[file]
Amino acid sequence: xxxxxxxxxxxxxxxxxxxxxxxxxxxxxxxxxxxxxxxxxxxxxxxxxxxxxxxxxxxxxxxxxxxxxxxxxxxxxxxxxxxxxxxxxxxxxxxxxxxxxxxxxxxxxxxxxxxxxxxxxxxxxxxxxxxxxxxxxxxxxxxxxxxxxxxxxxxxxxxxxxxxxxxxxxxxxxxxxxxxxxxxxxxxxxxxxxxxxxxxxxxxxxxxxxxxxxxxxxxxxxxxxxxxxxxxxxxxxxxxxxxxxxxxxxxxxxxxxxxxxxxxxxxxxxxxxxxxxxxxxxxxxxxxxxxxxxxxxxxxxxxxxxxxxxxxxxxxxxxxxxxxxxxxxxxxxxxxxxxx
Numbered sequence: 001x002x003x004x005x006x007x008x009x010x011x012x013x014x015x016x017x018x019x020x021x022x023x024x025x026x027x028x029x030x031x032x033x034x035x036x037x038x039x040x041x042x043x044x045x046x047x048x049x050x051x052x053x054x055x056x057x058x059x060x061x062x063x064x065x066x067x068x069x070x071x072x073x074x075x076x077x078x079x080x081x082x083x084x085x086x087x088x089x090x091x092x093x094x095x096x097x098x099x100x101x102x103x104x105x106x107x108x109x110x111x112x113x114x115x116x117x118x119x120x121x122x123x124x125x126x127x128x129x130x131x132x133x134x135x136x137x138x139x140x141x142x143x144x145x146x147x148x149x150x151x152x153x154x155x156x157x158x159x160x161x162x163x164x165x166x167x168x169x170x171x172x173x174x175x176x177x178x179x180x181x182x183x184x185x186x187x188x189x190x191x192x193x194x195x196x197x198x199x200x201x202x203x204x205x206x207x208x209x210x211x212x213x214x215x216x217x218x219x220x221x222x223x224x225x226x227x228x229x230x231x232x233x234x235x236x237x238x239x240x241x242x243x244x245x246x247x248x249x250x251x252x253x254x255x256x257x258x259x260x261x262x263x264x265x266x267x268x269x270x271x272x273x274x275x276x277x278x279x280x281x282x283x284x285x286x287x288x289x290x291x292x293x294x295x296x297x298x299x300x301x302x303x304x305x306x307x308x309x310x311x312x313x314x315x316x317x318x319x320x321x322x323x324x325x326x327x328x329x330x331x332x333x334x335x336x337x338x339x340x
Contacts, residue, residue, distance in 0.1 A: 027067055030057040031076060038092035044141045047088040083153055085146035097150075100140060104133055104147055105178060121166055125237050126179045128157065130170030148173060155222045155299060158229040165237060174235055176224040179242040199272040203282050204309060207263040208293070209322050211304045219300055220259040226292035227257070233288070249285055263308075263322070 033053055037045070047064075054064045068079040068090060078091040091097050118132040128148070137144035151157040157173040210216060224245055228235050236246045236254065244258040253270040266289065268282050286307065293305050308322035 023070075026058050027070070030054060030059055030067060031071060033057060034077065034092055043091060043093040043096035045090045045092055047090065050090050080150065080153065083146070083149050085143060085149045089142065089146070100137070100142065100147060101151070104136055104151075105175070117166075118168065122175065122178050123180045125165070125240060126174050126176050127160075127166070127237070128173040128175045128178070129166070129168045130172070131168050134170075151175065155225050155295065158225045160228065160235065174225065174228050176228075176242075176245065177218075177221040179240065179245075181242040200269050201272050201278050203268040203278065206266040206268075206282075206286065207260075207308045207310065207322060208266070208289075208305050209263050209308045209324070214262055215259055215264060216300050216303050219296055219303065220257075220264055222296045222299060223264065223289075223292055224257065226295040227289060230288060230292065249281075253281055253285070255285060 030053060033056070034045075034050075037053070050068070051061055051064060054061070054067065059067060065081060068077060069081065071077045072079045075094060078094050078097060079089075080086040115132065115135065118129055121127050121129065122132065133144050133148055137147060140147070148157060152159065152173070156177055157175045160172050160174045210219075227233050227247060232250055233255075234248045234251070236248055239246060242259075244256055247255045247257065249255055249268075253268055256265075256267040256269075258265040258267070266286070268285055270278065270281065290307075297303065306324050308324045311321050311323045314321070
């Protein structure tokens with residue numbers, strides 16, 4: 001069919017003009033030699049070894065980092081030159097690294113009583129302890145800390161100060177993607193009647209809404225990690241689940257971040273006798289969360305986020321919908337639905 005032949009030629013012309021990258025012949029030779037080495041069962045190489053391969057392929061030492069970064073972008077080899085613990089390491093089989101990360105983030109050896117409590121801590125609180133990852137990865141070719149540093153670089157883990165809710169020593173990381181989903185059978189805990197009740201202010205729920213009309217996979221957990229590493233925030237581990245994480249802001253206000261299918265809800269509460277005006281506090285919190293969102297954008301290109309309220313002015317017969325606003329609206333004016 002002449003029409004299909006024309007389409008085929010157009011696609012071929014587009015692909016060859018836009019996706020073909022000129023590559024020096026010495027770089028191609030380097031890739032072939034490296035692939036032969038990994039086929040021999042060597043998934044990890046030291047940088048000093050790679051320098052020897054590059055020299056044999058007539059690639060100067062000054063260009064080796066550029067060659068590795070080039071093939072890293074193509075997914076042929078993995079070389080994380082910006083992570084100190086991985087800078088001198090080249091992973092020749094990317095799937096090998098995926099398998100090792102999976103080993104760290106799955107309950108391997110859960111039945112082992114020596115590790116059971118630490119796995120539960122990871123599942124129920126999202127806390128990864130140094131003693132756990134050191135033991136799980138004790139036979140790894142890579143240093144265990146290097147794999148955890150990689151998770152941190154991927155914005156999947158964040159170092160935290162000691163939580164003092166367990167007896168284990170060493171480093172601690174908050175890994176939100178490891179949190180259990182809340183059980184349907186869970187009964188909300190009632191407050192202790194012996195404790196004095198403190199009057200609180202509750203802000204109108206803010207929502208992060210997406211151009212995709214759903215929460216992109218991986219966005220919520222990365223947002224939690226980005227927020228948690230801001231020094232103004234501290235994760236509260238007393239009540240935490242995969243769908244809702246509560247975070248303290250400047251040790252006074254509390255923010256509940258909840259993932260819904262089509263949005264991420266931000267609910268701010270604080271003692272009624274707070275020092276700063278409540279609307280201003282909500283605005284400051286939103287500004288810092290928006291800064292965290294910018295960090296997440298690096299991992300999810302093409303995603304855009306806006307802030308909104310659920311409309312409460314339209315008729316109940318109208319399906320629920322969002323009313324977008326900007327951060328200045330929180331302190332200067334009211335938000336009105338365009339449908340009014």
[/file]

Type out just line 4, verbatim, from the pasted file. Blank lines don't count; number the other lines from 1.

């Protein structure tokens with residue numbers, strides 16, 4: 001069919017003009033030699049070894065980092081030159097690294113009583129302890145800390161100060177993607193009647209809404225990690241689940257971040273006798289969360305986020321919908337639905 005032949009030629013012309021990258025012949029030779037080495041069962045190489053391969057392929061030492069970064073972008077080899085613990089390491093089989101990360105983030109050896117409590121801590125609180133990852137990865141070719149540093153670089157883990165809710169020593173990381181989903185059978189805990197009740201202010205729920213009309217996979221957990229590493233925030237581990245994480249802001253206000261299918265809800269509460277005006281506090285919190293969102297954008301290109309309220313002015317017969325606003329609206333004016 002002449003029409004299909006024309007389409008085929010157009011696609012071929014587009015692909016060859018836009019996706020073909022000129023590559024020096026010495027770089028191609030380097031890739032072939034490296035692939036032969038990994039086929040021999042060597043998934044990890046030291047940088048000093050790679051320098052020897054590059055020299056044999058007539059690639060100067062000054063260009064080796066550029067060659068590795070080039071093939072890293074193509075997914076042929078993995079070389080994380082910006083992570084100190086991985087800078088001198090080249091992973092020749094990317095799937096090998098995926099398998100090792102999976103080993104760290106799955107309950108391997110859960111039945112082992114020596115590790116059971118630490119796995120539960122990871123599942124129920126999202127806390128990864130140094131003693132756990134050191135033991136799980138004790139036979140790894142890579143240093144265990146290097147794999148955890150990689151998770152941190154991927155914005156999947158964040159170092160935290162000691163939580164003092166367990167007896168284990170060493171480093172601690174908050175890994176939100178490891179949190180259990182809340183059980184349907186869970187009964188909300190009632191407050192202790194012996195404790196004095198403190199009057200609180202509750203802000204109108206803010207929502208992060210997406211151009212995709214759903215929460216992109218991986219966005220919520222990365223947002224939690226980005227927020228948690230801001231020094232103004234501290235994760236509260238007393239009540240935490242995969243769908244809702246509560247975070248303290250400047251040790252006074254509390255923010256509940258909840259993932260819904262089509263949005264991420266931000267609910268701010270604080271003692272009624274707070275020092276700063278409540279609307280201003282909500283605005284400051286939103287500004288810092290928006291800064292965290294910018295960090296997440298690096299991992300999810302093409303995603304855009306806006307802030308909104310659920311409309312409460314339209315008729316109940318109208319399906320629920322969002323009313324977008326900007327951060328200045330929180331302190332200067334009211335938000336009105338365009339449908340009014």